Bloch was rather careful when he used a form based title. His sonatas, string quartets, and symphonies do follow basically correct procedure, no matter how rhapsodic or personal the expressive nature of the piece might be.
This is significant since the cover of the printed music of this piece does not mention the words violin sonata, although the first page does, in parentheses, in much smaller print. This is a one movement, 20-minute work.
Bloch breaks other conventions and assumptions in the writing of this piece. Although he was a master of compositional techniques, or maybe because he was a master, Bloch could break some of the most basic rules of Western harmony. Most prominently he uses parallel fifths in abundance. At the time of these pieces writing these intervals and the use of pentatonic scales represented the exotic and the orient.
Furthermore, Bloch is almost always identified as a Jewish composer. Yet midway through the piece he turns reflective, and the violin intones a Gregorian chant melody, Credo in Unum Deum.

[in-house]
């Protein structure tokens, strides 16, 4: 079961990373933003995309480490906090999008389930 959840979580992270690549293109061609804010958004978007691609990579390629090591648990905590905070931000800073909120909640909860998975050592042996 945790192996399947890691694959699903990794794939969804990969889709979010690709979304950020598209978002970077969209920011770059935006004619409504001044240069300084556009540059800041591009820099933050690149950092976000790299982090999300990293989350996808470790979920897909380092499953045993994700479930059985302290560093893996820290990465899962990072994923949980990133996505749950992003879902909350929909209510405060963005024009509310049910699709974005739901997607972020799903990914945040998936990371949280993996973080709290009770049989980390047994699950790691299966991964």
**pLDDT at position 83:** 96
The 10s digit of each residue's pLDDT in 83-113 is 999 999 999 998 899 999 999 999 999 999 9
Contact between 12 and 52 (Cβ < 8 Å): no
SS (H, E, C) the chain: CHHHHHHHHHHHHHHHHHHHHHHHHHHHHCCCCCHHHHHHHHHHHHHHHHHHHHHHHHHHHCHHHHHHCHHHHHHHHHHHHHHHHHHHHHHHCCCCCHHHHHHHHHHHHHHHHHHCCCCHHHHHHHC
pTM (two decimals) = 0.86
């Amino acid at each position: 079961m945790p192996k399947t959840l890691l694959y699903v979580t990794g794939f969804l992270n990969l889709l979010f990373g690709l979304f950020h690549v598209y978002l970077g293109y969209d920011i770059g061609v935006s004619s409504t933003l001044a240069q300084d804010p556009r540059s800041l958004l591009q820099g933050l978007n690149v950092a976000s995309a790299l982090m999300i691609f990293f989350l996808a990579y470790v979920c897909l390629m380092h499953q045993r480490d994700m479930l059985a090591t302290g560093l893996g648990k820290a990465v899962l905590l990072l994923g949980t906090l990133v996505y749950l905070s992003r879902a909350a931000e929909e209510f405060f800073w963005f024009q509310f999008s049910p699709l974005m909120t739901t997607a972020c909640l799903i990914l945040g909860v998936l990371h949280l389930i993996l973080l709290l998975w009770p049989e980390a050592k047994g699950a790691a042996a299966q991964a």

Although this might be out of line with the accepted portrait of the composer, the fact is that he was never religiously dogmatic, rather he felt a part of the history and passion of his people's history. So we can see this as a more universal expression of worship.
Much of the other thematic material is not that complex. For example the opening motive is nothing more than an arpeggiated major fifth. But from such simple ideas Bloch weaves a serious, yet peaceful work. This is in great contrast with his Violin Sonata No. 1, which is turbulent and tortured in expression.
The "Poeme Mystique" was written quickly in November and December of 1924, in Santa Fe, NM. It was premiered On January 24, 1925, in a private concert in New York City by the dedicatees, violinist Andre de Ribaupierre and pianist Beryl Rubinstein.